Christa also reported her abuse to the Baptist General Convention of Texas (BGCT), following the guidelines of their policy booklet, “Broken Trust” but soon realized “the policy booklet was just words on paper. Nothing more” (53). The BGCT would do nothing with the information that Christa had provided them, the pastor would remain in his position and her abuse would not be acknowledged in any meaningful way. Promises were made and broken and her conversations with key leaders soon became conversations with only their lawyer—she was being shut out. Undeterred, Christa would continue to work to make her abuse known. Meanwhile, “Dunagan was still working in children’s ministry [and] No one . . . NO ONE . . . thought it mattered enough to do anything about it” (76).
She shares her decision to file a lawsuit against Dunagan and against her former church, a long shot to be sure, seeking acknowledgement of his abuse and his removal from ministry. In the process, Christa shares her own personal struggle and how the long term effects of abuse affected her ability to trust, her relationship with her husband, and her own mental health. She shares her own struggles in recovery even as she continued to pursue justice and the removal of her abuser from ministry.
It seemed that all parties involved wanted secrecy, the one thing that Christa refused. Her attempts within SBC-life continued to be a dead end. Neither her past church, friends or denominational leaders would act. “I know better than to believe that anyone who carries the name ‘Baptist’ is going to help me” (117). Eventually, she dropped the lawsuit against Dunagan. In a court ordered, she settled her lawsuit with her church, receiving a public written apology (which she herself helped to construct) but never any face-to-face apology. “They just wanted me to shut up and go away” (125). Dunagan remained in the ministry at another church.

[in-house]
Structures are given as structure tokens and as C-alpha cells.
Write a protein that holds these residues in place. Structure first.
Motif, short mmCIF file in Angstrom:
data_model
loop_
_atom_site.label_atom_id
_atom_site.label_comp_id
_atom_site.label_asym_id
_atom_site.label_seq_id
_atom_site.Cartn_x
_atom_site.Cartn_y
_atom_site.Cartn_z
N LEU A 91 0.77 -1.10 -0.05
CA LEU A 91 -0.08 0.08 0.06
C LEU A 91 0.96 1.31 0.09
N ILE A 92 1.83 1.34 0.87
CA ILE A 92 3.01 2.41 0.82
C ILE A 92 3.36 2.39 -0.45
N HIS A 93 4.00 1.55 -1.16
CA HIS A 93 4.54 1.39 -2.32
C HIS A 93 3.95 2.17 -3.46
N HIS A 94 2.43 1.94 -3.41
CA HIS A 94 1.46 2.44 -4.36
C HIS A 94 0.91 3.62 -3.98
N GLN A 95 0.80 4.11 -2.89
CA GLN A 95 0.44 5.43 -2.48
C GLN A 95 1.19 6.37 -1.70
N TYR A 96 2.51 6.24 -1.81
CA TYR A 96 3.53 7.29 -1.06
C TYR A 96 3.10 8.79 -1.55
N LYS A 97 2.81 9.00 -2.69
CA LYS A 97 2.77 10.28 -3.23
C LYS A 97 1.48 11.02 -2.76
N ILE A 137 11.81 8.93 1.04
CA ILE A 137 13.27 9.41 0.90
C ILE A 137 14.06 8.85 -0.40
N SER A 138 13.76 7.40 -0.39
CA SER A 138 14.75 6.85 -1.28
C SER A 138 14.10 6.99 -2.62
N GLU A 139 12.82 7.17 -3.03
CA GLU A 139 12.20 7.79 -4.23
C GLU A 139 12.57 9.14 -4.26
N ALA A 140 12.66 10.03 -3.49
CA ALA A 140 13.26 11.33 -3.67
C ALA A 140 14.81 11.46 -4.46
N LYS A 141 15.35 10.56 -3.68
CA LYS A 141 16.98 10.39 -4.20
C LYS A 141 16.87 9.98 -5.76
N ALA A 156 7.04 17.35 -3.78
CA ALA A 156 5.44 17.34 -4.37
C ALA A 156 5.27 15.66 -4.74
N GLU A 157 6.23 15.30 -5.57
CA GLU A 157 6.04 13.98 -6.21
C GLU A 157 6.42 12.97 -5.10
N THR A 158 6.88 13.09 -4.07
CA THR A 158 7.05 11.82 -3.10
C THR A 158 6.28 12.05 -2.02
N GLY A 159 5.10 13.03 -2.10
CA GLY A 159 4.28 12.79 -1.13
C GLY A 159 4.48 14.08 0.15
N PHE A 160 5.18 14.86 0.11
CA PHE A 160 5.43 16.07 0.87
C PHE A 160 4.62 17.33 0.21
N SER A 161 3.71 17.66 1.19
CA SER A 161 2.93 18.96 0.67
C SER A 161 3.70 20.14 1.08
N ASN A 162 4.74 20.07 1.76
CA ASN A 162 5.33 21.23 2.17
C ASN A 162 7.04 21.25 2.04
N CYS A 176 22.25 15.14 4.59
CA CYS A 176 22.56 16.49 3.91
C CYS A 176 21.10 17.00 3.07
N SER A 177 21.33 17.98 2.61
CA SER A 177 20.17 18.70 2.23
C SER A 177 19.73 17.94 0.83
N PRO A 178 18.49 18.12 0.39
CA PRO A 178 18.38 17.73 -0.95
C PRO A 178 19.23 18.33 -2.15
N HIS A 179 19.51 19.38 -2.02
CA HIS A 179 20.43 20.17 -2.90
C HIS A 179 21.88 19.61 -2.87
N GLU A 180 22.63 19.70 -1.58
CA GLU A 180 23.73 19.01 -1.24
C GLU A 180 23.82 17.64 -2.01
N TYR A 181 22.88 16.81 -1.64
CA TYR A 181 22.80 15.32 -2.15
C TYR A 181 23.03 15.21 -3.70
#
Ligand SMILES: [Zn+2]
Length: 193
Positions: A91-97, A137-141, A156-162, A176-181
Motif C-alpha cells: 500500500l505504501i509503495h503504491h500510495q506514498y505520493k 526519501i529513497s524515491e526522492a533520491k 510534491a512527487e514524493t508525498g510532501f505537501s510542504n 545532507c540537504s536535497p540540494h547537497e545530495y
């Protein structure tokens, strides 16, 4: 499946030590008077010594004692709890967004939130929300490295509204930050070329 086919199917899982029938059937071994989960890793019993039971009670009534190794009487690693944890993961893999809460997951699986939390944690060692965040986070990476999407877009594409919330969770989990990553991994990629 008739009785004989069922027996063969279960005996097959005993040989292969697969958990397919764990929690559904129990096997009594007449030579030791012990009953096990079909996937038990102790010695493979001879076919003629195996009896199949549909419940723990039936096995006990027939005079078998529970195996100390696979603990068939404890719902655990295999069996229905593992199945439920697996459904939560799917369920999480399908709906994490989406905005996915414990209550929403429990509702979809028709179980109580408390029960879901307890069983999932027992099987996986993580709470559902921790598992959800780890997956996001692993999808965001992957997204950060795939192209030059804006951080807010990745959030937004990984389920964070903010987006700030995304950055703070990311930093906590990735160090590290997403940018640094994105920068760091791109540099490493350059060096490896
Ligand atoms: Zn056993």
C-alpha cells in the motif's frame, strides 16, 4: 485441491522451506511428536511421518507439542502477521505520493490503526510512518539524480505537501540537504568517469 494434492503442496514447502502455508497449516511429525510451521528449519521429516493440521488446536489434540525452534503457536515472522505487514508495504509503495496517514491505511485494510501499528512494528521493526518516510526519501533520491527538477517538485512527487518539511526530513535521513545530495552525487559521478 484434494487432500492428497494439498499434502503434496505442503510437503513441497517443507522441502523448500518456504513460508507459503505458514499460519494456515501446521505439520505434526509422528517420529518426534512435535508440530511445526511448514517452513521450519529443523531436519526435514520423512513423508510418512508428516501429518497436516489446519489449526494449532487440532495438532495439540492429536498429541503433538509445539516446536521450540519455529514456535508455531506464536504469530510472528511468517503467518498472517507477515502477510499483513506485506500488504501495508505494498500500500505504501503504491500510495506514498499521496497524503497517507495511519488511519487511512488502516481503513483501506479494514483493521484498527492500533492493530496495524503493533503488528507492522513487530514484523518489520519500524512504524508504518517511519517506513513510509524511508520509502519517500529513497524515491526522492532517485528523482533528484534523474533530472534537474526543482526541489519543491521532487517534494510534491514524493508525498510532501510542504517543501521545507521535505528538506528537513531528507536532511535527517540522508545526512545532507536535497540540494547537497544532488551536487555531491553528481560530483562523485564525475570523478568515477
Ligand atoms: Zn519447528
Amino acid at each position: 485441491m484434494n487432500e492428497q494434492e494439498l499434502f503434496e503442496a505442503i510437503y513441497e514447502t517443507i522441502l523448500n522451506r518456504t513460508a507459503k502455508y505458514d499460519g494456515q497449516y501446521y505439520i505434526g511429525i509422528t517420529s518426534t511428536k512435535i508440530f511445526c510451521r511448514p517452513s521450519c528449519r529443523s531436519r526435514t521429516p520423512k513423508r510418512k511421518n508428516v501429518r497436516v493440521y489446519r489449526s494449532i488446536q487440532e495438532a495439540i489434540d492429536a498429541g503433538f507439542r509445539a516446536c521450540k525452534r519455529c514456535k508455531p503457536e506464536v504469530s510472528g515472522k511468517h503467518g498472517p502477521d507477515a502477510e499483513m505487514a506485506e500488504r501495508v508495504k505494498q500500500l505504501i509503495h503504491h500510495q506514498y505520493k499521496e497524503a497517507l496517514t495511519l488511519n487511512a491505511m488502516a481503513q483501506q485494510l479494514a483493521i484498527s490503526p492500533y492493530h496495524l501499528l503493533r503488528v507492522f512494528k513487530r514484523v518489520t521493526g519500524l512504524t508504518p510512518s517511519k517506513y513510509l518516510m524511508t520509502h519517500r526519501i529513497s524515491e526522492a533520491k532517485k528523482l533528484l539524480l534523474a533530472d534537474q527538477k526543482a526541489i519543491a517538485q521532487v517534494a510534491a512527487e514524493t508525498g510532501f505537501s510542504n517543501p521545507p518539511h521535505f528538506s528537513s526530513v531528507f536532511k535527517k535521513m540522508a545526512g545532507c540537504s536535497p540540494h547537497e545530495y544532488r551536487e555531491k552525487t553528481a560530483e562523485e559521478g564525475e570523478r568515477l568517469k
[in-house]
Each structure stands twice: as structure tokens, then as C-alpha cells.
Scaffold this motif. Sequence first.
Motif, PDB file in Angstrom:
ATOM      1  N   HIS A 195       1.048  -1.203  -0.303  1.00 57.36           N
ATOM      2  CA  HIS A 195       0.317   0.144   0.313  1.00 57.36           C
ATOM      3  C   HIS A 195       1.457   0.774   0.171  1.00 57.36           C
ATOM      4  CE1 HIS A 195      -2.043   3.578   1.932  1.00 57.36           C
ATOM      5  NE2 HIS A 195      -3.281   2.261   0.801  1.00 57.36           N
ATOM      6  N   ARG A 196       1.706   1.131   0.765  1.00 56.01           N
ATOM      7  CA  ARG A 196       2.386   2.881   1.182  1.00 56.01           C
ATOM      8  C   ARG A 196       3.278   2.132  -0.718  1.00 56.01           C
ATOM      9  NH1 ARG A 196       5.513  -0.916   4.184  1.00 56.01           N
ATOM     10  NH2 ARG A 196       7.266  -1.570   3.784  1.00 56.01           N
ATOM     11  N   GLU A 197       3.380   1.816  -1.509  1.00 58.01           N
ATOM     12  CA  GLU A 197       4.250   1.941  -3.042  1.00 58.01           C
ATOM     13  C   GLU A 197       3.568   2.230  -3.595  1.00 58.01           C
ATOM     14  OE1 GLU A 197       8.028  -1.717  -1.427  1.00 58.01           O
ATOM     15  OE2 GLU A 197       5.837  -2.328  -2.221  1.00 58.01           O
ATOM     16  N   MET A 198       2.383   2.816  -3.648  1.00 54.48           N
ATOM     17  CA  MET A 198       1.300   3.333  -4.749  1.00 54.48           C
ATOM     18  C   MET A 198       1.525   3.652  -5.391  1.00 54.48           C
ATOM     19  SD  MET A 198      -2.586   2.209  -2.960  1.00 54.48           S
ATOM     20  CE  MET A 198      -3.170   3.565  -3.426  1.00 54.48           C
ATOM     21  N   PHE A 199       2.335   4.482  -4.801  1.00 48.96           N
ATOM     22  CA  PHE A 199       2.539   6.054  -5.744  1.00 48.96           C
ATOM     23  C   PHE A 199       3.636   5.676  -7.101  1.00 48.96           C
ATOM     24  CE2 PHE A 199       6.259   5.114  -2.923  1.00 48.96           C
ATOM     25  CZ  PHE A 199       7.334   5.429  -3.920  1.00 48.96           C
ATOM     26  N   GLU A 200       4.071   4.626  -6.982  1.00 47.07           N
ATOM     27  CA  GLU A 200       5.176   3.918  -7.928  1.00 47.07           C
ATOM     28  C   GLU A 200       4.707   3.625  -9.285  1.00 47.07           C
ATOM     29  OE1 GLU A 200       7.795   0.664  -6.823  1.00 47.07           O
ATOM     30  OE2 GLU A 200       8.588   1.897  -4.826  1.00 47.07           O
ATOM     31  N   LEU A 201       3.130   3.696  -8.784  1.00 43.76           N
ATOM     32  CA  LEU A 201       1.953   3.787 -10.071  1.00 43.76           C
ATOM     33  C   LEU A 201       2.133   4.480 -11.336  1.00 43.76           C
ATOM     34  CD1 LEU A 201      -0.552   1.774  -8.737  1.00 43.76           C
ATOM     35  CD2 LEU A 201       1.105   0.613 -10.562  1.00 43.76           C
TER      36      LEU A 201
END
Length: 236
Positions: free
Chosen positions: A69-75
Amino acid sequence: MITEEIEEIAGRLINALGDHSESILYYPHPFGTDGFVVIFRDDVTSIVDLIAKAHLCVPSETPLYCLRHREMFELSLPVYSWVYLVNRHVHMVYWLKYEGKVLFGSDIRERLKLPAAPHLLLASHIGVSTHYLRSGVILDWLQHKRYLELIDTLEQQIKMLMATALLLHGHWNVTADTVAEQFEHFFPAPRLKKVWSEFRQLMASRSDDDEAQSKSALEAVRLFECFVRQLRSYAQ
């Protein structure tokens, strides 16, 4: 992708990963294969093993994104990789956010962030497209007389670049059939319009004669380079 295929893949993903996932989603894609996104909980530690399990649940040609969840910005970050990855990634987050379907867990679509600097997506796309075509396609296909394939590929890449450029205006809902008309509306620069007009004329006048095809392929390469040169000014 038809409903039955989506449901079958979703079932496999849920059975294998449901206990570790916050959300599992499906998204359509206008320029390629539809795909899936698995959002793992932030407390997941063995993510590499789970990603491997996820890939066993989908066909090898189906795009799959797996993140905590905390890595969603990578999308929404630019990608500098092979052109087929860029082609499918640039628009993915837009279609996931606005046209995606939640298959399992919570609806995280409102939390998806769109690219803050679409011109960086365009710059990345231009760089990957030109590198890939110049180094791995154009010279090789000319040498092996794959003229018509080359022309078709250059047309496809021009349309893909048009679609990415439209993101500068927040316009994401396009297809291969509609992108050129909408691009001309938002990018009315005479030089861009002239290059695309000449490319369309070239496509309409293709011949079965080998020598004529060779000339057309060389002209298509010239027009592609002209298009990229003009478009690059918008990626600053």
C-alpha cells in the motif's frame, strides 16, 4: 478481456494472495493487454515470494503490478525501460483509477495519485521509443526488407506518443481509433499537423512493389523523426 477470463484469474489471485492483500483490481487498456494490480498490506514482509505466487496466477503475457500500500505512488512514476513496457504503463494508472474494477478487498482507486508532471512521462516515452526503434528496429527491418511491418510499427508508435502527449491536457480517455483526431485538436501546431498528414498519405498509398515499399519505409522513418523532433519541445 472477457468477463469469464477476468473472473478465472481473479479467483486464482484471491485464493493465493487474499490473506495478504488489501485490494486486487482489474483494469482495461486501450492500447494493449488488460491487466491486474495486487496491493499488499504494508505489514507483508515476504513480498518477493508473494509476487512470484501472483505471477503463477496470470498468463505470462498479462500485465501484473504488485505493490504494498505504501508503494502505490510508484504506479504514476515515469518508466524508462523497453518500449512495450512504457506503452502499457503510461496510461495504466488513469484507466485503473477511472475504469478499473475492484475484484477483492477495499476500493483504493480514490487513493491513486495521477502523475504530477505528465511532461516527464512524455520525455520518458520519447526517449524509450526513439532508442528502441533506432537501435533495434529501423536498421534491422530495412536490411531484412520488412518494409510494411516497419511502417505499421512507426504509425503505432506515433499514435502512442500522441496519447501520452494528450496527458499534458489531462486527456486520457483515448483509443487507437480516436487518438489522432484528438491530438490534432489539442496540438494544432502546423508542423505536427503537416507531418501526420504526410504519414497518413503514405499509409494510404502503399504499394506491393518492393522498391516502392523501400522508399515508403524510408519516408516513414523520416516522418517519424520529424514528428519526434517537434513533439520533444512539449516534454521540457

In the next section of the book, Christa explains how her attention shifted from finding justice for her own abuse to advocating for others. She introduces us to Debbie [Vasquez], reliving her own story as she heard Debbie’s own frustrating attempts to have her abuser removed from ministry even as he confessed to abusing other children. Denominational leaders “were still more focused on protecting themselves than protecting kids” (136). As she began to advocate for others, bring the crisis of clergy sexual abuse in the SBC to light,, and call for a “means by which autonomous congregations may responsibly share information about clergy predators” (134), Christa discovered that many other survivors shared similar stories to hers. “My story wasn’t anything unusual. Lots of other people had similar stories, and no one in the denomination was listening to them” (146-47).